Questions based on the case:
There following questions can be based on this case:
- How should Mr. Gupta resolve the situation?
- How should Prateek resolve the situation?
- What is the key bone of contention/issue in this case?
- What is the best recourse for the HR employees in this case?
Let’s put stakeholder analysis to test.
Clearly, in this case, we can see the different points of conflict, and there is no easy way out in this situation. The different stakeholders in this case are:
- Mr Gupta: The company belongs to him, and he has an established system of working.
- Prateek: He is trying to leave his mark and introduce a new way of working.
- HR department: This department is marginalised and needs to find its relevance in the organisation.
How will you resolve this situation?
The simplistic solution, in this case, is that Mr. Gupta needs to change the way he works. But is it the practical way out in this case? We can easily forget that it is his company and more importantly, his method of working has worked in the past twenty years. Can the given system be overturned in a short span of time?
If you practical about the situation, this is not a situation that can be solved simply and tact as well as logical persuasion needs to be used solve this situation.
How can you convince a successful person to change his ways?
You can only do so by proving that there is a better way of doing this. How do you do so? You need to showcase, with the help of case studies, how organisational efficiency and employee productivity increases by putting in the right set of HR practices. This is the only logical way in the given situation. This is a common solution for Prateek and the HR department in this case. This is how they can convince Mr. Gupta to change his mind.
For Mr. Gupta, there are two options here:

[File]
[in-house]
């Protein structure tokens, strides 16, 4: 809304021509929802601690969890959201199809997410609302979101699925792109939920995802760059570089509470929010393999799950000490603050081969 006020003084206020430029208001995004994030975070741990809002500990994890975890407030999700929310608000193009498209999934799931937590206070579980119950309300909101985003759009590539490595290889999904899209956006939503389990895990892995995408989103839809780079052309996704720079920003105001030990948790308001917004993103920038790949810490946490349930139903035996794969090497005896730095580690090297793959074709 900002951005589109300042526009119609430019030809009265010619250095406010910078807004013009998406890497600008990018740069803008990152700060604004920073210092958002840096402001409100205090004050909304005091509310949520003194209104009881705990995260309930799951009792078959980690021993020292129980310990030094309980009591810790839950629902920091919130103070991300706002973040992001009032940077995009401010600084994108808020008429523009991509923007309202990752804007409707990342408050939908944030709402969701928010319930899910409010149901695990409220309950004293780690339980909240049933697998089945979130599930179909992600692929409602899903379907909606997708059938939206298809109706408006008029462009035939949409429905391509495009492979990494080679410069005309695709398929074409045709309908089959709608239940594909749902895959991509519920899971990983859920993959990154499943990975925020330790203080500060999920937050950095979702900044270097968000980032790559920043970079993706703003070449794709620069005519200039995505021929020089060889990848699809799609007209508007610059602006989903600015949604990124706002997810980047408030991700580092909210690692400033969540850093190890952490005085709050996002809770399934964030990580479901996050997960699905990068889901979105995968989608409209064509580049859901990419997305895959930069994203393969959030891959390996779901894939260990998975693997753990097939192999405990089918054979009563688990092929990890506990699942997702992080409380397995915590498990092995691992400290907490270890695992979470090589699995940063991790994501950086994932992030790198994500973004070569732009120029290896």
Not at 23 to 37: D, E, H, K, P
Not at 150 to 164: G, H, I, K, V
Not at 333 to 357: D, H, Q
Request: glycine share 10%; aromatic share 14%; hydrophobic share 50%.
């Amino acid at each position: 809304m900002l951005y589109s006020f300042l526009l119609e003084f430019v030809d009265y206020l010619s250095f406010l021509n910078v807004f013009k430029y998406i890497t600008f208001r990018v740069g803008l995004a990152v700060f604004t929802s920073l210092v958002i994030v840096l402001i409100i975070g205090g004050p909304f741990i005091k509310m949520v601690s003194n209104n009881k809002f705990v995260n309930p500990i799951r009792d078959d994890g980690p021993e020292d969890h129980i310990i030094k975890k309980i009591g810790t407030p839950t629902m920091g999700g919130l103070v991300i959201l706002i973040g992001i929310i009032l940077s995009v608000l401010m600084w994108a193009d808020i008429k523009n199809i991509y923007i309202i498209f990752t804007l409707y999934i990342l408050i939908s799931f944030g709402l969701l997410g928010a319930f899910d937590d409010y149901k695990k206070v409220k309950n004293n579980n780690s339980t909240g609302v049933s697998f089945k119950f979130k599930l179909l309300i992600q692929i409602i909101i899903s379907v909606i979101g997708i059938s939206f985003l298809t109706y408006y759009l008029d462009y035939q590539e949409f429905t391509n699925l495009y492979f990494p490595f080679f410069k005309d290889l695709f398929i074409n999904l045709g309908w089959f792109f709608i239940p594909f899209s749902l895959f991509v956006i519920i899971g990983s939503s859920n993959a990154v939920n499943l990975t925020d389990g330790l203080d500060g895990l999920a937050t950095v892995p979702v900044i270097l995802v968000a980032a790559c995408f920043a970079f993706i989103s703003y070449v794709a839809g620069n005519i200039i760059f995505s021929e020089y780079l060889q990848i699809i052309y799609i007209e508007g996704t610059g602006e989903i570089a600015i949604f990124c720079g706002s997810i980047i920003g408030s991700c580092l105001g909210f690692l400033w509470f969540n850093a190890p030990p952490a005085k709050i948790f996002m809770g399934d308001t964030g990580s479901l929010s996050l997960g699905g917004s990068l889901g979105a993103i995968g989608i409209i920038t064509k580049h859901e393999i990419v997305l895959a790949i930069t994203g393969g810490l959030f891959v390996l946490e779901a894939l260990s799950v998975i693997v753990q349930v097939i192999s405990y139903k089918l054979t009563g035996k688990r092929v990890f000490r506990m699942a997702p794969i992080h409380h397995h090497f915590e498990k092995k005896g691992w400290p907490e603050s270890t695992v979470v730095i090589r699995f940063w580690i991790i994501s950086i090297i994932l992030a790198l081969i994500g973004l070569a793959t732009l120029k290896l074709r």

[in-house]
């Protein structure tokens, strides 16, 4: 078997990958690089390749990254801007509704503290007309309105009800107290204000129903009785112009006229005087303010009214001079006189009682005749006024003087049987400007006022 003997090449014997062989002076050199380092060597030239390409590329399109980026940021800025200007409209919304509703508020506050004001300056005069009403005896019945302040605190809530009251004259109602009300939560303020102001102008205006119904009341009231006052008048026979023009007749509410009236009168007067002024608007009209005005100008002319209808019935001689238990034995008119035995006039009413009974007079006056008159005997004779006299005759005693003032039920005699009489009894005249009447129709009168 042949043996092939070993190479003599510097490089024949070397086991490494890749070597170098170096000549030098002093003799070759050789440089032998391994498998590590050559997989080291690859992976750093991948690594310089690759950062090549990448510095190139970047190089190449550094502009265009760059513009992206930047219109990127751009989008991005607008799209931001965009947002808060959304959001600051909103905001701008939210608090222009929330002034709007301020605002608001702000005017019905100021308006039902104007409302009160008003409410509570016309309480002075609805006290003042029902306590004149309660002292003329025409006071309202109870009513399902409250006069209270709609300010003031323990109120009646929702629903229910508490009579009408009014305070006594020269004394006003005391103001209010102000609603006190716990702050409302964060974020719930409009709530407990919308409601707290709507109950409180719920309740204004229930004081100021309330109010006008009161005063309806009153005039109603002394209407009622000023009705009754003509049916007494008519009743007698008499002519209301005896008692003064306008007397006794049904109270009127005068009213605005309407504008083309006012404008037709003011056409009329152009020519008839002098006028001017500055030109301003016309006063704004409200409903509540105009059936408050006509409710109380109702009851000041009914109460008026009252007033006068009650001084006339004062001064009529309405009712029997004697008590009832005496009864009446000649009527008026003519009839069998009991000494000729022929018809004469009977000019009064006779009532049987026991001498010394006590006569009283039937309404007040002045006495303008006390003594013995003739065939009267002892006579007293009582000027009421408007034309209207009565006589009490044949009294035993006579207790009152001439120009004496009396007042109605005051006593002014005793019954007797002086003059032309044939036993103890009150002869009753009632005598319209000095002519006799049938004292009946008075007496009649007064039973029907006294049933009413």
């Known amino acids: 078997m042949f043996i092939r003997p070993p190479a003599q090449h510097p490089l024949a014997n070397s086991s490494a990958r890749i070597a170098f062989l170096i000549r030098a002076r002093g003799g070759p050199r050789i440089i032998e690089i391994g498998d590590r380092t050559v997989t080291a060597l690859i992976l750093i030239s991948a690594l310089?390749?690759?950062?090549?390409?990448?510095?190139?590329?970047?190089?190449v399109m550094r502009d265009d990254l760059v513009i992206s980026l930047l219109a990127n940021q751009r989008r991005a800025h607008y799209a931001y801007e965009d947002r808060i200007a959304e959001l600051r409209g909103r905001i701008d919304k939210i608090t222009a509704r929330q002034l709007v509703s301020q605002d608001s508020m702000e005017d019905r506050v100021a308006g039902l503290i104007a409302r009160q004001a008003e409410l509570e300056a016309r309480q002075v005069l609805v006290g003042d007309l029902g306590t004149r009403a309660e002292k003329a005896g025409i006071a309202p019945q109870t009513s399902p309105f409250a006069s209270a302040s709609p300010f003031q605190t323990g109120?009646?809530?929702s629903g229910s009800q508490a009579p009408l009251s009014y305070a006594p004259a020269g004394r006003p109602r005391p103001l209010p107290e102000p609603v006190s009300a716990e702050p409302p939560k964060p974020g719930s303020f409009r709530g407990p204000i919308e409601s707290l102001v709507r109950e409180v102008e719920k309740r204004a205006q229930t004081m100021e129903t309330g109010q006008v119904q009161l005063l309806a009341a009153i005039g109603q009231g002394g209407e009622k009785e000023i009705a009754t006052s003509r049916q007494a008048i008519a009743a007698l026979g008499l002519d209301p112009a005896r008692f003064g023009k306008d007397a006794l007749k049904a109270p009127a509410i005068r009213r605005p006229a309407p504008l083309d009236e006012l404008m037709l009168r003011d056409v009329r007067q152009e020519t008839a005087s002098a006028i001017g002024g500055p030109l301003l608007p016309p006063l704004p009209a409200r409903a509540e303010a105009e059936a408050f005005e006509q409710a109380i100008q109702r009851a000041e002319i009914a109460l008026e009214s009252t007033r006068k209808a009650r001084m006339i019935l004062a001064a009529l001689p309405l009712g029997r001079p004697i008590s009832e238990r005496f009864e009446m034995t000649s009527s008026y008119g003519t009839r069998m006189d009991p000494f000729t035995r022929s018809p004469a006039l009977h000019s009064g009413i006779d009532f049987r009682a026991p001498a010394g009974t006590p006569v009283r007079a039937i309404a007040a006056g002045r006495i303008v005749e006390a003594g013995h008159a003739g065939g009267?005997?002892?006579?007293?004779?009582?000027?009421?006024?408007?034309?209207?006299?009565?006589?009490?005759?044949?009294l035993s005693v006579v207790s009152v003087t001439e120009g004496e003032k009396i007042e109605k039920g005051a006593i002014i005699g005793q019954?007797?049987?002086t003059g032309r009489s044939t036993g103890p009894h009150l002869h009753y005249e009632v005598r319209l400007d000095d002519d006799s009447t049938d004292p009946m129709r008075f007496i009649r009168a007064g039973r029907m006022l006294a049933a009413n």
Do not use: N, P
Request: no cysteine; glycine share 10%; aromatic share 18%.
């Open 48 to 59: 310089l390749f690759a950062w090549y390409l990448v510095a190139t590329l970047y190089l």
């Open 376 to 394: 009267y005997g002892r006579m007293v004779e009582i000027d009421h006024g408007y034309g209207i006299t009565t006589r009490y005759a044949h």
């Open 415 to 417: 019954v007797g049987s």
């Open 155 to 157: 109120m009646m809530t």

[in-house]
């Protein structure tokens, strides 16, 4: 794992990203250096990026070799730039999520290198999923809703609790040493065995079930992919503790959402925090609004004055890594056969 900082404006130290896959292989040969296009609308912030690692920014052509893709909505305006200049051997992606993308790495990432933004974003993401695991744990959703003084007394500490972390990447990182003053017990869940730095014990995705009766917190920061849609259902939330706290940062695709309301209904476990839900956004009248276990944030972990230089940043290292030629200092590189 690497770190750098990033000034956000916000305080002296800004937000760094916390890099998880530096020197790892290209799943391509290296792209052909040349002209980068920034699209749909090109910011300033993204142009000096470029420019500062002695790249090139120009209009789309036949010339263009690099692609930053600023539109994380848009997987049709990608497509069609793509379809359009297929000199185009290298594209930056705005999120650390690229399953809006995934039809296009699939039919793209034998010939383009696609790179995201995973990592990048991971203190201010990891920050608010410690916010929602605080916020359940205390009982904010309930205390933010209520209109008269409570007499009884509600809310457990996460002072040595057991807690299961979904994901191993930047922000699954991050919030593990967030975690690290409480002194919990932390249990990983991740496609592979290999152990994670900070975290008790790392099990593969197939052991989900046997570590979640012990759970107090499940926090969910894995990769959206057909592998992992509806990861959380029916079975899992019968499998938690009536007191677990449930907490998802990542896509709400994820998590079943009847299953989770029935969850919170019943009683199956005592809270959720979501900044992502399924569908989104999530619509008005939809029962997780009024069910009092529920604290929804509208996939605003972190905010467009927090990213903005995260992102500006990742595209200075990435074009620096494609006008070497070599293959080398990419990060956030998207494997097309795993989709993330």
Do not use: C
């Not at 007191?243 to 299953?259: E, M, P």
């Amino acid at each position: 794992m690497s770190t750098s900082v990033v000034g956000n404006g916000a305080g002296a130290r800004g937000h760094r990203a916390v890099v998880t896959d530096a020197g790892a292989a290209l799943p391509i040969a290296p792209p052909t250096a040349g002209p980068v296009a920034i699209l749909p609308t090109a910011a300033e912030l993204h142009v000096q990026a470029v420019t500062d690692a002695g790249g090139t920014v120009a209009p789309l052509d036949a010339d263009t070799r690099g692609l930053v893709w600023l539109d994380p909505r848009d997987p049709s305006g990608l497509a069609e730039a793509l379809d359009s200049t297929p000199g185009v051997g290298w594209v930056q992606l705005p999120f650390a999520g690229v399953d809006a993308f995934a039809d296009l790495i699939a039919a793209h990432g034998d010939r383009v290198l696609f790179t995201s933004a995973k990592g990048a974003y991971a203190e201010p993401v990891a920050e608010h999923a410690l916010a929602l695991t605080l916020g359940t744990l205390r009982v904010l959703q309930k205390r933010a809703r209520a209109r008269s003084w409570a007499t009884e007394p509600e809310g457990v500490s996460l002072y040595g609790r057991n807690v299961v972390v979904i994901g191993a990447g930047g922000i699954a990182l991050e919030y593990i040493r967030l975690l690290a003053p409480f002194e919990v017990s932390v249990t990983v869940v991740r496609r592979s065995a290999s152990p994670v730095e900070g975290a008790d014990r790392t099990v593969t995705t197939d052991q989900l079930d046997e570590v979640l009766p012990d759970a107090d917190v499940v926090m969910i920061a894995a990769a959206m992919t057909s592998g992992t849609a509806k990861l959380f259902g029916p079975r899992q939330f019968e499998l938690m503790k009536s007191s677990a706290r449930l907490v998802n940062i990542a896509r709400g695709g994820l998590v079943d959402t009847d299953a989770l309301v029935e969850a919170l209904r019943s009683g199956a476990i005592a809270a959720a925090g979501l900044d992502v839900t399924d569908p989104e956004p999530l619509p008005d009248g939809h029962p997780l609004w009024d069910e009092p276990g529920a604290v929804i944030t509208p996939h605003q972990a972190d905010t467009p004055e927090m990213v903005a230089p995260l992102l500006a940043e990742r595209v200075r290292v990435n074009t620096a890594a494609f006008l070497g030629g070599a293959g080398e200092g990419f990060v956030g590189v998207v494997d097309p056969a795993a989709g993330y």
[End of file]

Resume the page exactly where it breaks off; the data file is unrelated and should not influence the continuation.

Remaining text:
- Either he let’s go of the HR managers, and in turn, risks his son and HR personnel to be further alienated in the organisation.
- Or give a patient hearing to his son and the HR managers; and if he sees merit in their proposals, implement those.
Remember, if Mr. Gupta takes an aggressive stand, in this case, he puts the future of his company at risk. In short, his company’s long-term future is at stake here. He cannot replace his son, right? So, even though he is set in his ways, he will ultimately need to accept the viewpoints of others and resolve the conflict.
Effectively, this is a case centred around conflict resolution, and this is something you must take up often in these questions.
How to use stakeholder analysis?
The best use of stakeholder analysis is while reading the case given in the question. While reading the given information, you should clearly identify the different parties in the conflicting situation and identify what is at stake for them. By doing this, you are already subconsciously prepared for the question prompts and ready with a rough framework to challenge the questions. This is what the stakeholder analysis is all about, and this is how you use for decision-making questions.